3. The slot, and particularly Bears nickel corner Buster Skrine, was a consistent Vikings target when Cousins needed yardage most. 

Cousins was hyper efficient on third downs (10 of 11 for 149 yards and two touchdowns), with about half of that production (5 catches, 62 yards and a touchdown) targeting Jefferson, Thielen or receiver Chad Beebe in the slot. It was a go-to matchup Cousins often picked out before the snap.

“Gary deserves a lot of credit for sticking to the game planning. He had a plan all week long of how to attack them on third down,” Cousins said. “If you go back and watch it, I think those plays put us in a great position. And then we had players get separation in man coverage and make plays and find soft spots in the zones. And the protection had to hold up.”

On this third-and-5 play below, Beebe (#12) motions out of the backfield to form an empty, no-back look. It’s three receivers and two tight ends for the Vikings. There’s initial confusion from the Bears on their man-to-man assignments, which continues when Skrine (#24) briefly hesitates as Jefferson (#18) and Beebe run a switch release.

Cousins does not hesitate, knowing he wants to target Jefferson vs. Skrine and throwing with excellent anticipation as Jefferson breaks on the quick out route to the boundary side (ball on right hash mark), meaning there is less room to make this play.

4. The Vikings offensive line held up admirably, even as Cousins got the majority of his throws off in less than 2.5 seconds. The biggest play of the game, the 54-yard catch and run by Jefferson in the third quarter, was a great example.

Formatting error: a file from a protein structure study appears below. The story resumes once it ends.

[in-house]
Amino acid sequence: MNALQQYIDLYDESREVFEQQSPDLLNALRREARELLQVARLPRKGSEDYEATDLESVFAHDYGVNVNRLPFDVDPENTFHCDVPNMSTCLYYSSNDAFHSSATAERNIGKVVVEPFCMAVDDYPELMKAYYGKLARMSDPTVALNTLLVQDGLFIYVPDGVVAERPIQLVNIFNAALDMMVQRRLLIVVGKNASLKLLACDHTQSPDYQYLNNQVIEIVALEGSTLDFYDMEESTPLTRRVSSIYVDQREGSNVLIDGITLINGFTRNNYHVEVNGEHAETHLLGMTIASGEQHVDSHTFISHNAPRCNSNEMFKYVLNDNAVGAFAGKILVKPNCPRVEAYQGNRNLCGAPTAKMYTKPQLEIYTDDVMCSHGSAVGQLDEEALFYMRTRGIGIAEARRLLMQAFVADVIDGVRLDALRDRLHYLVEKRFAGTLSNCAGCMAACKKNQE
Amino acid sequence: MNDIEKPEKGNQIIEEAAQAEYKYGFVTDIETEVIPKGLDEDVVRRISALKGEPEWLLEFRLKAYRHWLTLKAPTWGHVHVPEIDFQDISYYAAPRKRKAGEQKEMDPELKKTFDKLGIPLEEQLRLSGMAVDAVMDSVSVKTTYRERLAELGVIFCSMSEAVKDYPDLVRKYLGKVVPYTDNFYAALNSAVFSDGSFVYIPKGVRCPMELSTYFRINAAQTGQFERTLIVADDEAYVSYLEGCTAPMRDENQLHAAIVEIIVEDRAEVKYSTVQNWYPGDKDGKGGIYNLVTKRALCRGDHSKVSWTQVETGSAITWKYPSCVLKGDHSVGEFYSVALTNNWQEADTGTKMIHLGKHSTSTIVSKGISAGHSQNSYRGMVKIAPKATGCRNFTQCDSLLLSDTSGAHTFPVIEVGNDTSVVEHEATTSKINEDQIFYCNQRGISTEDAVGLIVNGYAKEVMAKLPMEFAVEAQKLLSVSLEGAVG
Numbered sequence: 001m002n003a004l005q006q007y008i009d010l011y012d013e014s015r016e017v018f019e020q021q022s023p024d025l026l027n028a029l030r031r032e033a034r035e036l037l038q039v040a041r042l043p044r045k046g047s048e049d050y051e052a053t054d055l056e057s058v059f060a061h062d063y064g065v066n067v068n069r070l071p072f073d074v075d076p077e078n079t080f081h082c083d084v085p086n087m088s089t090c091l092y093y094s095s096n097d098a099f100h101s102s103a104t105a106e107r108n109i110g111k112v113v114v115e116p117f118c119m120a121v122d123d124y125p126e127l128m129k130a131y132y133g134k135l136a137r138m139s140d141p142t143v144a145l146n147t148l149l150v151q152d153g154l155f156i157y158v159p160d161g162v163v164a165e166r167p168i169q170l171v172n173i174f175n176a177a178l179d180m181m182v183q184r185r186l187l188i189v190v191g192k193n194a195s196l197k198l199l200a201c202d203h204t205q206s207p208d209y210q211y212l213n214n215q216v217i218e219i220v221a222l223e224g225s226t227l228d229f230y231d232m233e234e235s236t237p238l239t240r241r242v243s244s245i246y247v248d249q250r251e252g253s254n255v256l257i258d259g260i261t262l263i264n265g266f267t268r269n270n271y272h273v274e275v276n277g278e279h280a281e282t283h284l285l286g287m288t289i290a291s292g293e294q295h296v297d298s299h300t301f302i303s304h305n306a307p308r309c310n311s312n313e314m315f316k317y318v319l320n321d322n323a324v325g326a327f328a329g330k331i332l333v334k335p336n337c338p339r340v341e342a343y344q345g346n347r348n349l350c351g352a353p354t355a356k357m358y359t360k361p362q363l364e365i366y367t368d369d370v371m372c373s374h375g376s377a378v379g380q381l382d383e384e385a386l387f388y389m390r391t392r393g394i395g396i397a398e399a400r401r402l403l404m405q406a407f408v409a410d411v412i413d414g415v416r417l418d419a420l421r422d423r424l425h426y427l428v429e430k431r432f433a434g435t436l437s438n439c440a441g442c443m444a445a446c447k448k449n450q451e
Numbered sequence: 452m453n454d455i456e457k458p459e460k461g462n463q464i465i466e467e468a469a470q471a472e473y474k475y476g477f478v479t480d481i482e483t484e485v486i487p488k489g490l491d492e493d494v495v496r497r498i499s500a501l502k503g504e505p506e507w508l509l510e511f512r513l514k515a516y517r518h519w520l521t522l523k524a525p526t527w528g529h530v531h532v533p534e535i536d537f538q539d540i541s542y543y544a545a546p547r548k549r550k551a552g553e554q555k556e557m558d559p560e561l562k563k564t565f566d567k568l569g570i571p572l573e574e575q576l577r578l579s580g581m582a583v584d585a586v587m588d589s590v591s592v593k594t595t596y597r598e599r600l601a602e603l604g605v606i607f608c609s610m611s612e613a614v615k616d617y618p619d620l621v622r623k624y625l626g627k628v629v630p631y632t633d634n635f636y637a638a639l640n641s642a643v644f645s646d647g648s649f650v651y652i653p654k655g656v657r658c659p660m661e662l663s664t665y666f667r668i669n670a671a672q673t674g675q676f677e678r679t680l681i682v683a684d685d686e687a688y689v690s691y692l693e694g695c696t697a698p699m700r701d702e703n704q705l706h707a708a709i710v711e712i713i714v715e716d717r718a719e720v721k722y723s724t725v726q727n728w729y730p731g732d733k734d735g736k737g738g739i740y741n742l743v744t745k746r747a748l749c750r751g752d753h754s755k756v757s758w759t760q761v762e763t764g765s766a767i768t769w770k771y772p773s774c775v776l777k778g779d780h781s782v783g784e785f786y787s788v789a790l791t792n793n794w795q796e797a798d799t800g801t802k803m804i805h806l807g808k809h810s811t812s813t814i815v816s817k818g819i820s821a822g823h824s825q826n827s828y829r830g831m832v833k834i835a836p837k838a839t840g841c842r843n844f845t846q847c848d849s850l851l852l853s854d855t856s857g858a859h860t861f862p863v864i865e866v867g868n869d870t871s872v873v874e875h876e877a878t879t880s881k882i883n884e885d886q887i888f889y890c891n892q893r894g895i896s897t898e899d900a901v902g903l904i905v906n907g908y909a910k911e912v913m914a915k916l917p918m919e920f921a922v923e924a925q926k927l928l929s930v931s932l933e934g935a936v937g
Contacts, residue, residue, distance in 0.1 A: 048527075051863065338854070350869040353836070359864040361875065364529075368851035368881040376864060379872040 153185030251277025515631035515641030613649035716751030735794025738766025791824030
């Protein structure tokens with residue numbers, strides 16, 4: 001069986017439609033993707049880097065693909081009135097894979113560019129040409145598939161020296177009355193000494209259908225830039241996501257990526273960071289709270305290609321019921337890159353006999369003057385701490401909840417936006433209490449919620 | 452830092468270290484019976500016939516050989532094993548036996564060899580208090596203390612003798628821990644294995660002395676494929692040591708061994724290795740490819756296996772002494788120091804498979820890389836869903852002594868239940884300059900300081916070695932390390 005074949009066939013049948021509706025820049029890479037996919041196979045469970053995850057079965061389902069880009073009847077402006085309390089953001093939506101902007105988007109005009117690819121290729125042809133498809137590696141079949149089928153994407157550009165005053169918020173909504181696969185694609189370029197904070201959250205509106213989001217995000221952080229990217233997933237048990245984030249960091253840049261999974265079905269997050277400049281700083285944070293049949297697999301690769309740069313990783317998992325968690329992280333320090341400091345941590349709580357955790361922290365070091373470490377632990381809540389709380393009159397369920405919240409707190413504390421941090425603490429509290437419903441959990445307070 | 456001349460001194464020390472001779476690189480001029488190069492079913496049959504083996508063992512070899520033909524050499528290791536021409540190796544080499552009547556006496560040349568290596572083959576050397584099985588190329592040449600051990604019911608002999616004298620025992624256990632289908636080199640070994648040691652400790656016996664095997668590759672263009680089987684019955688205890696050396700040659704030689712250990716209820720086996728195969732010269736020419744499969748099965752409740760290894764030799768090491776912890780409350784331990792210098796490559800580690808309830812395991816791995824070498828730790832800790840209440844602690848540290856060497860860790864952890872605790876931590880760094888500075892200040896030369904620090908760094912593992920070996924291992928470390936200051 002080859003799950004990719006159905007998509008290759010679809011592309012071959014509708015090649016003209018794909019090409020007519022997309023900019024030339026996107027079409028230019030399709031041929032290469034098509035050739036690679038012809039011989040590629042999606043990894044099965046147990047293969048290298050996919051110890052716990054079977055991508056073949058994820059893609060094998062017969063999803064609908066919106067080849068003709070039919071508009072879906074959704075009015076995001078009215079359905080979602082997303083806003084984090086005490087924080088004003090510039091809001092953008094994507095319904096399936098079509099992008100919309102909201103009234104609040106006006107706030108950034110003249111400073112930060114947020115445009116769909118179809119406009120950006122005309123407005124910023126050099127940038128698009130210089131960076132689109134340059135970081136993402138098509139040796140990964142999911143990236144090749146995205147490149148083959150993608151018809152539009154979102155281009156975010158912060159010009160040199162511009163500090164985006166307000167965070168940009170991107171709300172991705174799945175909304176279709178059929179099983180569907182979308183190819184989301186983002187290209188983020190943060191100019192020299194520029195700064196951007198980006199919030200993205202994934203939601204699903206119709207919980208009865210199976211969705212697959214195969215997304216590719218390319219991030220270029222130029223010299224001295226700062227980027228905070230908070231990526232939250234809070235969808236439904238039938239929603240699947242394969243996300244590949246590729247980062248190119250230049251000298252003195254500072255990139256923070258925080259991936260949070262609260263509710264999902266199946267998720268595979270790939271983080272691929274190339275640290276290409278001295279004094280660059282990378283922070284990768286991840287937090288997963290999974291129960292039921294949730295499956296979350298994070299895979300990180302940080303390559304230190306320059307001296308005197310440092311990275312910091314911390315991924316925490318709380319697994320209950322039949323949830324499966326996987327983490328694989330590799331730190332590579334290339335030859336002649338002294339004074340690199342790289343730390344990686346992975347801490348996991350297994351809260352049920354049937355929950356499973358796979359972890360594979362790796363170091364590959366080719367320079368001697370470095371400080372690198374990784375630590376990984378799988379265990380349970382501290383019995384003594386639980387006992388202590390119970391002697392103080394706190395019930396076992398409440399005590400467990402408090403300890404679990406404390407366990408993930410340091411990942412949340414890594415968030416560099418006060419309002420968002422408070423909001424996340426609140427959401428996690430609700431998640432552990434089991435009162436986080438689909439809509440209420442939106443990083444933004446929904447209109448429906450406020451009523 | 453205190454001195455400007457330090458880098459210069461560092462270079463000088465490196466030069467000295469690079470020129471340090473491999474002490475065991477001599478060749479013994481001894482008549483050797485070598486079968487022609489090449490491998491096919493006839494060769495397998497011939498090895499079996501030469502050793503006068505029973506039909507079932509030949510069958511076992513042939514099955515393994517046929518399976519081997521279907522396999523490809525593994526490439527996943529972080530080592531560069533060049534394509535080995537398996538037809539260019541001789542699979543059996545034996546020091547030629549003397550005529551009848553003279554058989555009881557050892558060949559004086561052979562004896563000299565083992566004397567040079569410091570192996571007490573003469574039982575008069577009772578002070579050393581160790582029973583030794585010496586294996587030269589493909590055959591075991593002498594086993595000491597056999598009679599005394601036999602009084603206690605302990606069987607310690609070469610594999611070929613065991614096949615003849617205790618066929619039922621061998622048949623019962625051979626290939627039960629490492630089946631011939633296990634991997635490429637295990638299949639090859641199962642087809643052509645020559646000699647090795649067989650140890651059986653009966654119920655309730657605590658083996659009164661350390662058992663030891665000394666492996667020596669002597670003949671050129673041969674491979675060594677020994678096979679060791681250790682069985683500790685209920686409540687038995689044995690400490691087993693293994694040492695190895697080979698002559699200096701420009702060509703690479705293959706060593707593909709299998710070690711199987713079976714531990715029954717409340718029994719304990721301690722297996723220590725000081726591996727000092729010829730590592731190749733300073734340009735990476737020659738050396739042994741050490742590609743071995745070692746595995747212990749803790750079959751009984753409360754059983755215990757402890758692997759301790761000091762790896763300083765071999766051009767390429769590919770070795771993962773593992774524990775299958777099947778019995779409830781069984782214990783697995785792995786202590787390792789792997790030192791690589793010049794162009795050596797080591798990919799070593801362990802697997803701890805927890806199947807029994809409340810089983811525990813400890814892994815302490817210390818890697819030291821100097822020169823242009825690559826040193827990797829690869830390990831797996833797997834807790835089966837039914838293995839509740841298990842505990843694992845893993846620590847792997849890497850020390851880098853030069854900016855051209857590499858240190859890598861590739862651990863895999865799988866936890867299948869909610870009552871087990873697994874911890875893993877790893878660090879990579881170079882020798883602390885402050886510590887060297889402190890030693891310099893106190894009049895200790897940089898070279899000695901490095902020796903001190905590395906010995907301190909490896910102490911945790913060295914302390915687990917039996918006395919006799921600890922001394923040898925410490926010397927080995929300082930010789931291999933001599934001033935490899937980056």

Bears edge rusher Khalil Mack (#52) moves inside on this third-and-11 play as Chicago runs an interior twist to attack Bradbury and right guard Ezra Cleveland. This is an impressive rep by Bradbury because of how he recovers after getting popped backward by Mack with his feet out of position.

Just as important as Bradbury’s recovery is Cousins not getting spooked by the initial push back, sidestepping that while throwing to the dig route by Jefferson between Bears zones.

5. Justin Jefferson didn’t command the attention he maybe should’ve gotten from the Bears defense. And Cousins took advantage.

Cousins had another relatively quick pre-snap read on this third-and-8 play, especially because the Bears safety help rolls away from the area and there’s a trust developed between Cousins and Jefferson that he can get open quickly in this spot. This is a rookie against rookie, but Jefferson looks like a veteran with this double-move release that ties up the defender’s feet.

“He caught a slant on a third down and long tonight that was out in front of him, not an easy catch,” Cousins said of this play. “He makes that catch look pretty natural. Pretty easy. That’s hard to teach. That’s where you say you can get a guy who’s fast, who’s quick, who’s strong, but is he a natural receiver when the ball is a little bit away from his body? Can he be fluid and go get it?”

Yes, Jefferson can.